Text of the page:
A family traveling together on a plane

Update: Consumer Reports is testifying Tuesday, March 3rd at a hearing before the House Aviation subcommittee about airline family-seating policies and other consumer airline-travel issues. Since Consumer Reports launched an online petition demanding that airlines allow families with children 13 and under to sit together without charging extra fees, the petition has garnered more than 81,000 signatures. 

Imagine arriving at the airport and finding out your 2-year-old’s seat assignment is in the back of the plane and yours is in the front. Or that your child who is autistic or suffers seizures is seated rows away from you. Or your flight gets canceled and you have to pay thousands of dollars extra when you rebook because the only way to ensure your family can sit together is to buy more expensive seats.

Those are some of the more than 100 consumer complaints Consumer Reports uncovered in documents the Department of Transportation provided in response to a Freedom of Information Act request.

You may assume that when you fly with young children, you’ll be seated together. But as these families learned, there’s no guarantee that children 13 and younger will be seated with parents, caregivers, or other family members when they fly unless they pay a fee to reserve seats.

Congress thought this was a problem, too, and in 2016, as part of the Federal Aviation Administration Reauthorization Act, directed the Department of Transportation to review airline family seating policies to help ensure that young children can sit with their families on airplanes at no extra cost.

But three years later, CR has found out that the DOT doesn't plan to ask airlines to make any changes to their family seating policies. Instead, the agency simply added a section to its website offering advice to families about sitting together and linking to airline websites for information about their policies on family seating.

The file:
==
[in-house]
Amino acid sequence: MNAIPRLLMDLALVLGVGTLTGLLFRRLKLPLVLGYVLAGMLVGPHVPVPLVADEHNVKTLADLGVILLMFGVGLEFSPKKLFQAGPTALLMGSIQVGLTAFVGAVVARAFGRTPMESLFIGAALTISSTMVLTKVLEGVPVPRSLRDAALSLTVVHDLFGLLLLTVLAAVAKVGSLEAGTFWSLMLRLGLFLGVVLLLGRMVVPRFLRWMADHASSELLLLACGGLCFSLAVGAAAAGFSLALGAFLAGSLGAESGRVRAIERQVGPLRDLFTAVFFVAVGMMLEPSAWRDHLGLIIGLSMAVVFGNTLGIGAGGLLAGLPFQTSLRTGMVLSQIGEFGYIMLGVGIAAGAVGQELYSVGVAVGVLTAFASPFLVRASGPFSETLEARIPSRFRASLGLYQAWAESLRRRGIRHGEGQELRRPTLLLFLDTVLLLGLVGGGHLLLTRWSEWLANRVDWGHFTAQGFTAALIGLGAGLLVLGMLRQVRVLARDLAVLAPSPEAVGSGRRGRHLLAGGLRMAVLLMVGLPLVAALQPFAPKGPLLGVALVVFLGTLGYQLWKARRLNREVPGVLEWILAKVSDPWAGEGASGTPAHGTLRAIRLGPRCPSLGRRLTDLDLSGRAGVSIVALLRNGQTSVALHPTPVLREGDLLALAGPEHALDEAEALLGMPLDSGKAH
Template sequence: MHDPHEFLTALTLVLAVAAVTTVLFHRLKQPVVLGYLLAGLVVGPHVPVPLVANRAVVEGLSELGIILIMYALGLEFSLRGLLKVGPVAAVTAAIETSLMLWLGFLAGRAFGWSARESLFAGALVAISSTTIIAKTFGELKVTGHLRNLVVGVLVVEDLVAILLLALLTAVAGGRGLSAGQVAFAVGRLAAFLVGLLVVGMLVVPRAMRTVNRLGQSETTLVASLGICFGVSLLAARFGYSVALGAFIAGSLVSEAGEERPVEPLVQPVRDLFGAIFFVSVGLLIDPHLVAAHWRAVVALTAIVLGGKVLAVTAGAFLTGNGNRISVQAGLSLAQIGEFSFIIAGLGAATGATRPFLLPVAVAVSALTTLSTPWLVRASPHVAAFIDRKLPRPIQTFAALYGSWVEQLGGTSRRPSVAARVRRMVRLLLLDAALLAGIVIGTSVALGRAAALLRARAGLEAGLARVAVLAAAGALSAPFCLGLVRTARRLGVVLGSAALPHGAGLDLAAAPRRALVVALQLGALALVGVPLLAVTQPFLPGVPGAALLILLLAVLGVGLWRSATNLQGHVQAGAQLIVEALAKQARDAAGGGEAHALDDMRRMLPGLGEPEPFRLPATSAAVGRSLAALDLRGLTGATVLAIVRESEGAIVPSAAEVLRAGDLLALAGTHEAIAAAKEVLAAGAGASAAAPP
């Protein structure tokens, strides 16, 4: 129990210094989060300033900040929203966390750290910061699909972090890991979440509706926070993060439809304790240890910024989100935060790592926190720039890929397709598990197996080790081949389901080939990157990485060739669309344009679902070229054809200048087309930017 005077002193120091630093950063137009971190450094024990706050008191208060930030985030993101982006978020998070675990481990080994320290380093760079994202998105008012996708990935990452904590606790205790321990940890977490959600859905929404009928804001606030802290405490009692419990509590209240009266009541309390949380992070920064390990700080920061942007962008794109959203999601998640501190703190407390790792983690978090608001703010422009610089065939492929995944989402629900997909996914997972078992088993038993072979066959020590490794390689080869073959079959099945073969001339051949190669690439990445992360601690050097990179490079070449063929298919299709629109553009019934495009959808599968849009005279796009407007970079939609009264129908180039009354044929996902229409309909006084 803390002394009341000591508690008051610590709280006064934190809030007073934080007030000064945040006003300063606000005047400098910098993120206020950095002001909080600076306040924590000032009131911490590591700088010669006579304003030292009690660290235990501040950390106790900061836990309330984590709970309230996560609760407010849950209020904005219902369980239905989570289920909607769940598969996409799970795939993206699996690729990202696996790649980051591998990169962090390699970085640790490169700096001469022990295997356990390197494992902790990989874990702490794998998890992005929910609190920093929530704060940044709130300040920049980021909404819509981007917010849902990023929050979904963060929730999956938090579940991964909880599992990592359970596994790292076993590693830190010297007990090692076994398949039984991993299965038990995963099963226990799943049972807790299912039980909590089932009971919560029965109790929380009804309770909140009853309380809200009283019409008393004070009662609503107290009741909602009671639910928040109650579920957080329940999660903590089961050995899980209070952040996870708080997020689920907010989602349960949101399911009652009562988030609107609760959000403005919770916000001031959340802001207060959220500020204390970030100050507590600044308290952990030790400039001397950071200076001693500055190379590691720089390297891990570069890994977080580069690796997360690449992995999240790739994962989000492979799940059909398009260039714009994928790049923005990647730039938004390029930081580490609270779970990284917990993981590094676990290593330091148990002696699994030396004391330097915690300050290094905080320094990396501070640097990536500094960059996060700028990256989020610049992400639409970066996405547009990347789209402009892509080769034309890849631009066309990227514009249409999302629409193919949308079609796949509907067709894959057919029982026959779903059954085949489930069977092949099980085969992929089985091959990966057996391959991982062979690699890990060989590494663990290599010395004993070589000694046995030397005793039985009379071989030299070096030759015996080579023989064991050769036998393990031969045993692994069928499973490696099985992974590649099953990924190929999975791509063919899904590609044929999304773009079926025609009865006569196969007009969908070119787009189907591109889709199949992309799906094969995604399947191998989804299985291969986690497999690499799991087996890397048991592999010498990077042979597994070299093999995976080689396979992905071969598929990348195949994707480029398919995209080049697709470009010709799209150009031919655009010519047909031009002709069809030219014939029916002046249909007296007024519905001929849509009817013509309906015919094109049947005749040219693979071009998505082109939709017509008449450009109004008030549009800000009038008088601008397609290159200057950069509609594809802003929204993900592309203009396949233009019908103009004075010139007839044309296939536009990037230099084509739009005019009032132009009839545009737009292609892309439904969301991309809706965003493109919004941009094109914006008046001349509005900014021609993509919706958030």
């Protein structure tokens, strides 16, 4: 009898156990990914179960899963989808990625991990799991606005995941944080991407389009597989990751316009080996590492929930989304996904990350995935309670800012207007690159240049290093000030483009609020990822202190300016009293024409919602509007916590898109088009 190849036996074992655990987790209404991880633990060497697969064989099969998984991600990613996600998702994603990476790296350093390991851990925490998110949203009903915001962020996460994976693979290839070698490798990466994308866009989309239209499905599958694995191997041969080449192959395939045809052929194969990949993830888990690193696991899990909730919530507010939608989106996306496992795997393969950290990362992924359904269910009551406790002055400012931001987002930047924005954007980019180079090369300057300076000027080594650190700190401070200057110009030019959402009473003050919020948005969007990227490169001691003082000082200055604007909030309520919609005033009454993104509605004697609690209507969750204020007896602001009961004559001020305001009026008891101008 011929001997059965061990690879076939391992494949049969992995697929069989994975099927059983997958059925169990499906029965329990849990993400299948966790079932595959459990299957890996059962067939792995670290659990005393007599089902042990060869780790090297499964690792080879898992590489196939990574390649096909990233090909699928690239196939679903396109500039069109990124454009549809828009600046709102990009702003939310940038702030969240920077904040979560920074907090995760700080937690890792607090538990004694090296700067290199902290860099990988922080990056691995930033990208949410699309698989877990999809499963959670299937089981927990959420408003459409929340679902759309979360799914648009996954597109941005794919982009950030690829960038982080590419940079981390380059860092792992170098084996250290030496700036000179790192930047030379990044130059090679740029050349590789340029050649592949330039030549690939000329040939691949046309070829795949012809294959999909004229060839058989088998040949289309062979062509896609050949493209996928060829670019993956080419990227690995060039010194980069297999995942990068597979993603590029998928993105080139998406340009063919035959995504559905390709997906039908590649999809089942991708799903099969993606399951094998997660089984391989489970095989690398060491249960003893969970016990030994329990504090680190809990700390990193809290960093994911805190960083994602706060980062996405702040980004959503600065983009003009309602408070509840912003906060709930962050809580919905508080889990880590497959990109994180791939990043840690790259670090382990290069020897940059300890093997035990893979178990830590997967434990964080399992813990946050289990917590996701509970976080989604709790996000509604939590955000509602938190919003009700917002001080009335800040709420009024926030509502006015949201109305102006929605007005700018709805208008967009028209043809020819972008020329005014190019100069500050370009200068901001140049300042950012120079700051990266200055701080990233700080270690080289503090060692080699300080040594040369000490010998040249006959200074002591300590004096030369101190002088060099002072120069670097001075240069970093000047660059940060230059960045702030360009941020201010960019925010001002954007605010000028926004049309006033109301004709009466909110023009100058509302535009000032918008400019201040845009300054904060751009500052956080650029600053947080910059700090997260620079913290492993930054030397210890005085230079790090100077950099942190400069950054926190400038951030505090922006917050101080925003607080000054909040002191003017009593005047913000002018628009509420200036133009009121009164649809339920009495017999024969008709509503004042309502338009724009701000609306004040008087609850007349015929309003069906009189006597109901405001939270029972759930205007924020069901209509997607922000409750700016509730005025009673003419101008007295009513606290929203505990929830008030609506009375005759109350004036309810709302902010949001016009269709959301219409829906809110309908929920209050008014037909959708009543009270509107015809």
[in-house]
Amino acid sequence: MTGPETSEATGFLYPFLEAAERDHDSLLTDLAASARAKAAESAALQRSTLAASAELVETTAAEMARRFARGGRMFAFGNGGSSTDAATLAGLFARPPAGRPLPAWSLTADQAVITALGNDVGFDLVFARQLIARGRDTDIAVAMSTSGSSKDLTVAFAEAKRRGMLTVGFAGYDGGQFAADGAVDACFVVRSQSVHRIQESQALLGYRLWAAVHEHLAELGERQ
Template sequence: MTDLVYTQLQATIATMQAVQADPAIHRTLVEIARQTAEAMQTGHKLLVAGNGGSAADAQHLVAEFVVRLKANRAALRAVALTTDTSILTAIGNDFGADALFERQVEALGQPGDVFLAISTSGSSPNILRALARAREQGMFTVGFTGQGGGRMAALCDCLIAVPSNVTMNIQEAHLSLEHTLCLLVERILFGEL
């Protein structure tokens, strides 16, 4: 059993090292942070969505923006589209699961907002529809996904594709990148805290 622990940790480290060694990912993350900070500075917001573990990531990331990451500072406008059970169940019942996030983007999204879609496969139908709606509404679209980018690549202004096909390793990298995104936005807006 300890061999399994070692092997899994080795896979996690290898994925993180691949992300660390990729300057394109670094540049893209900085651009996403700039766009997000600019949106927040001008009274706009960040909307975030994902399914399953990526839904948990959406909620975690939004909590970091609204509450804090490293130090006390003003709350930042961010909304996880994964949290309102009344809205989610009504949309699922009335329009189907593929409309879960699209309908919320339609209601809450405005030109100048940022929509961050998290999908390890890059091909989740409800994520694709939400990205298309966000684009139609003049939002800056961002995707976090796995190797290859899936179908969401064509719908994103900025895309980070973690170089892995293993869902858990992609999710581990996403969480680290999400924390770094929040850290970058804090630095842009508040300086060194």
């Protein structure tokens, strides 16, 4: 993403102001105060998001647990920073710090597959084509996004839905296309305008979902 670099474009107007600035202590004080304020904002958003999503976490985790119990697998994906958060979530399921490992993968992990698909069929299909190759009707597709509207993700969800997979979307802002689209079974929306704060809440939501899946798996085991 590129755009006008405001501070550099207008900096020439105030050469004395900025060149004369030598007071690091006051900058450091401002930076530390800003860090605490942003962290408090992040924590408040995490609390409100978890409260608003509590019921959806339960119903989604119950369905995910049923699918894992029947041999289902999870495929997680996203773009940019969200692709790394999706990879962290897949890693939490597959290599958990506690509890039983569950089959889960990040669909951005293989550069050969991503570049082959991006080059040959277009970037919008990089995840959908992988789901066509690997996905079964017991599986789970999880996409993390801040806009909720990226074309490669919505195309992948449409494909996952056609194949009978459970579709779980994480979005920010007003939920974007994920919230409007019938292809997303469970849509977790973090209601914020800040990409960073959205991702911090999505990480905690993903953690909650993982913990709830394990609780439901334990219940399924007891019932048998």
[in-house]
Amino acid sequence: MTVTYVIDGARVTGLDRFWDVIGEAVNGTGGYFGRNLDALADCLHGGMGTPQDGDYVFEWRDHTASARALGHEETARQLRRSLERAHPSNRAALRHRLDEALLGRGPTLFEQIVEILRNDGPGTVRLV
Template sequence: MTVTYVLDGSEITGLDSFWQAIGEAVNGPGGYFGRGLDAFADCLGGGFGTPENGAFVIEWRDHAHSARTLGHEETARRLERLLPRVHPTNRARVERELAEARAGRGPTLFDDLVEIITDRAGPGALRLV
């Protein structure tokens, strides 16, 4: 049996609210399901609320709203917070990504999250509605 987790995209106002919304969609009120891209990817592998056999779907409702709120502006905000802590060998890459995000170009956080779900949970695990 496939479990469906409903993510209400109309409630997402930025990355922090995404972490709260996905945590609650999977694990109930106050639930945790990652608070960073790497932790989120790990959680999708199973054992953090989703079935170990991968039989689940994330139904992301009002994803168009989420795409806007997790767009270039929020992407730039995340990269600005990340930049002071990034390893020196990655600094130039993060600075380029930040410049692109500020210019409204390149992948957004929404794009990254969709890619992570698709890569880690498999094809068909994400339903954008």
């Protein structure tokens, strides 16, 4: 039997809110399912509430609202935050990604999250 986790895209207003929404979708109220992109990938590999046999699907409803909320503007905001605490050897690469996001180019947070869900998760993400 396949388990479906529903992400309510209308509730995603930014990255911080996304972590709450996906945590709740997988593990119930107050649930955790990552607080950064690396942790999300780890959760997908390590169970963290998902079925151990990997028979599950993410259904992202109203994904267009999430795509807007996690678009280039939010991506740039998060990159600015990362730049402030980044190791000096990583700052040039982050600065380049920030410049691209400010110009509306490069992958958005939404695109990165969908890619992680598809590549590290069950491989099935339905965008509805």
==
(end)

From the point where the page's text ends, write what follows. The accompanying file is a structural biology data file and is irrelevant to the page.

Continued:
More on airline travel

The DOT said new family seating rules were not necessary because less than 1 percent of complaints about airlines that it received from June 2016 through May 2017 were about family seating.

But consumer advocates say that separating children from their parents during flights not only is stressful to children and parents but also poses safety risks if there is an in-flight emergency and may even put them at risk for sexual assault. “There may be small numbers of complaints, but it’s a serious issue,” says Anna Laitin, director of financial policy at CR.

And, she says, the problem is growing because buying a plane ticket with a reserved seat has gotten more complex and expensive. Typically, the lowest-cost basic-economy fare doesn’t allow you to reserve a seat in advance. For families traveling with children, buying tickets that permit reserved seating can be cost-prohibitive, Laitin says.

Because of those concerns, CR sent a letter to the House Committee on Transportation and Infrastructure earlier this week asking Congress to evaluate whether new regulations are needed. CR is raising the issue ahead of a House Subcommittee on Aviation hearing today to review implementation of the most recent FAA budget reauthorization.

Family Travel Horror Stories

CR reviewed 136 consumer complaints against 19 U.S. and foreign airlines sent to the DOT from March 2016 through November 2018. Consumers often said they didn’t know that families weren’t routinely seated together or were told that they could arrange for seats together when they got to the airport.